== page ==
Teddie Joe Snodgrass
History paints a colorful portrait of the American Indians who live today in the Gila River Indian Community. Their ancestors were among the first people to set foot in the Americas 30,000 years ago. They have lived in the Sonoron Desert near the Gila River in what is now southern Arizona for at least 2,000 years.
Called the Pima Indians by exploring Spaniards who first encountered them in the 1600s, these early Americans called themselves "O'Odham," the River people, and those with whom they intermarried, "Tohono O'Odham," the Desert people.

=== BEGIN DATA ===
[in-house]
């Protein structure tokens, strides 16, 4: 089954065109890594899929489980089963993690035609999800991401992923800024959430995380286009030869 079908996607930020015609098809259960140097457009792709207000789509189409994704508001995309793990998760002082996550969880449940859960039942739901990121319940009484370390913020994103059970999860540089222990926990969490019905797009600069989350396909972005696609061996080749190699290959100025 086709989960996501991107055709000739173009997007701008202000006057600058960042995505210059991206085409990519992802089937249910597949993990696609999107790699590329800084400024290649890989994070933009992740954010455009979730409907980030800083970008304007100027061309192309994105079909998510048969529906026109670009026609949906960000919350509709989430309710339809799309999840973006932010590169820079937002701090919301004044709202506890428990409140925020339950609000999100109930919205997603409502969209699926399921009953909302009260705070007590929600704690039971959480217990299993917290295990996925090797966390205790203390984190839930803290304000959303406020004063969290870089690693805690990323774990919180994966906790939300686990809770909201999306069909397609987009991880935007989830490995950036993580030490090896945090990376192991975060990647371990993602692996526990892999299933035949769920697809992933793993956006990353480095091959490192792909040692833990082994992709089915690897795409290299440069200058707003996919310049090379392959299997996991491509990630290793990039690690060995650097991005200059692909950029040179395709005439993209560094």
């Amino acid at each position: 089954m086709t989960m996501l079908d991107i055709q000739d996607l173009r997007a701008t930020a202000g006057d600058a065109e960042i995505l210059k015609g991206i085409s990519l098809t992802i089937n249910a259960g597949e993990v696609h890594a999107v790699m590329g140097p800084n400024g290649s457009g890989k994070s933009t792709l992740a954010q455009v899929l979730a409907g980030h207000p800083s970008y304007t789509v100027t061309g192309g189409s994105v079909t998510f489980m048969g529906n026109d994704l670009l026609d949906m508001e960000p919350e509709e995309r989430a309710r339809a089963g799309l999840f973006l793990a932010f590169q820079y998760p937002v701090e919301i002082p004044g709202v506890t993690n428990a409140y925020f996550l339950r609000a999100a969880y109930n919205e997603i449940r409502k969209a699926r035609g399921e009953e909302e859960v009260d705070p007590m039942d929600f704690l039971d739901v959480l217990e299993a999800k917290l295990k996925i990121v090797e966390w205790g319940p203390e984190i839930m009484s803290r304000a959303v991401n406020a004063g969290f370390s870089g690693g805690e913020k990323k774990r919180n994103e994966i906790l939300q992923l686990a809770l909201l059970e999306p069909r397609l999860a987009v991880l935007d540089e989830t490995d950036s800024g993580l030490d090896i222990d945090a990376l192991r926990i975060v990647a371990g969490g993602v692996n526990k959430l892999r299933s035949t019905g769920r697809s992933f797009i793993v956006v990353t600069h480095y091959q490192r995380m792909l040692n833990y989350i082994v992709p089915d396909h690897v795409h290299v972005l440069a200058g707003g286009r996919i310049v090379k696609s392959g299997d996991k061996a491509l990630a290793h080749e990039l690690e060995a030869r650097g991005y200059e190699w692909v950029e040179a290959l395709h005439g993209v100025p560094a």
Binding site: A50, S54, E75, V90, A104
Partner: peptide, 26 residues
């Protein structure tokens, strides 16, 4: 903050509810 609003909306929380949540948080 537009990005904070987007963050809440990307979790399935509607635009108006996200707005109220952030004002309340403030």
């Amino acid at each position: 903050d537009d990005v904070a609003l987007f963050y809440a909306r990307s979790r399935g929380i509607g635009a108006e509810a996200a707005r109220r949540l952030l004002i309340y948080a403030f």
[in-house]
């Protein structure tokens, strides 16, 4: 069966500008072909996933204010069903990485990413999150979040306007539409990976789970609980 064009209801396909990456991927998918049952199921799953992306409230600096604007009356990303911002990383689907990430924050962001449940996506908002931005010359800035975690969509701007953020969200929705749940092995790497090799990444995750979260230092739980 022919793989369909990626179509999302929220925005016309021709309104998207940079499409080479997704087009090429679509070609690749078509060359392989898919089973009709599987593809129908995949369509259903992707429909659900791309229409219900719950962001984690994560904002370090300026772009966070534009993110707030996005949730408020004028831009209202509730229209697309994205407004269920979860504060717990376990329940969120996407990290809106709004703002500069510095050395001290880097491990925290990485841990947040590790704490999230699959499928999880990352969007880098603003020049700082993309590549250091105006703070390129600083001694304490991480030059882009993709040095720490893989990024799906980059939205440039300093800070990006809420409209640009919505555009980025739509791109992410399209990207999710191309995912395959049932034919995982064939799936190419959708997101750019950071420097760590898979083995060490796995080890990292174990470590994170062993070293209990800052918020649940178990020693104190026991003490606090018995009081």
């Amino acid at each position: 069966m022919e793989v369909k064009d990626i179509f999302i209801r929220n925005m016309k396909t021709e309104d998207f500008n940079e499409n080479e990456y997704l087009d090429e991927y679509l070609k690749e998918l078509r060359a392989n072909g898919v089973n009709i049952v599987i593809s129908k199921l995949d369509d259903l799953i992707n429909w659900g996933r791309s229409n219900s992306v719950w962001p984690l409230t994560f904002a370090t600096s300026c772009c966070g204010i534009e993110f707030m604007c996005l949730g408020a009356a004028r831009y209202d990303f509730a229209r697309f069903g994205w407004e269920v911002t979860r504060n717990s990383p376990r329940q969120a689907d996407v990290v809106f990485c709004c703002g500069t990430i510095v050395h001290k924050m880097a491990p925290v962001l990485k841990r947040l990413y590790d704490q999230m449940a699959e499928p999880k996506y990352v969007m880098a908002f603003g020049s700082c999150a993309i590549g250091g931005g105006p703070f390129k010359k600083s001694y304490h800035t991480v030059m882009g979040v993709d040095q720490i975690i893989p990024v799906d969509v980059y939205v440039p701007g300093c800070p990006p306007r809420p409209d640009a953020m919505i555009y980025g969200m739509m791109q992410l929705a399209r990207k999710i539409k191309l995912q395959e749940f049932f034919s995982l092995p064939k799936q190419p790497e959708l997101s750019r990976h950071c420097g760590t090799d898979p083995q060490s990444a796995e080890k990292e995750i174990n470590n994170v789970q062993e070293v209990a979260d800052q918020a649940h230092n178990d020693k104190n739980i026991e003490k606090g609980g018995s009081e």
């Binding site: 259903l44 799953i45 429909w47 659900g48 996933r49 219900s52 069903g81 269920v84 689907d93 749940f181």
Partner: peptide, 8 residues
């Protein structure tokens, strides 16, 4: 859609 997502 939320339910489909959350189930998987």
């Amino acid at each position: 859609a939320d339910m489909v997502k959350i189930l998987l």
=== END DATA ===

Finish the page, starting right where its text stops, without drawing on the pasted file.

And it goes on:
Archaeological finds suggest that the Pima Indians descended from the Hohokam, "those who have gone," a prehistoric people who originated in Mexico. Strong runners, the Pima Indians were also master weavers and farmers who could make the desert bloom. Once trusted scouts for the U.S. Cavalry, the Pima Indians are pathfinders for health, helping scientists from the National Institute of Diabetes and Digestive and Kidney Diseases (NIDDK), a part of the National Institutes of Health (NIH), learn the secrets of diabetes, obesity, and their complications.
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Last Modified: Friday, February 03, 2012 05:14:03 AM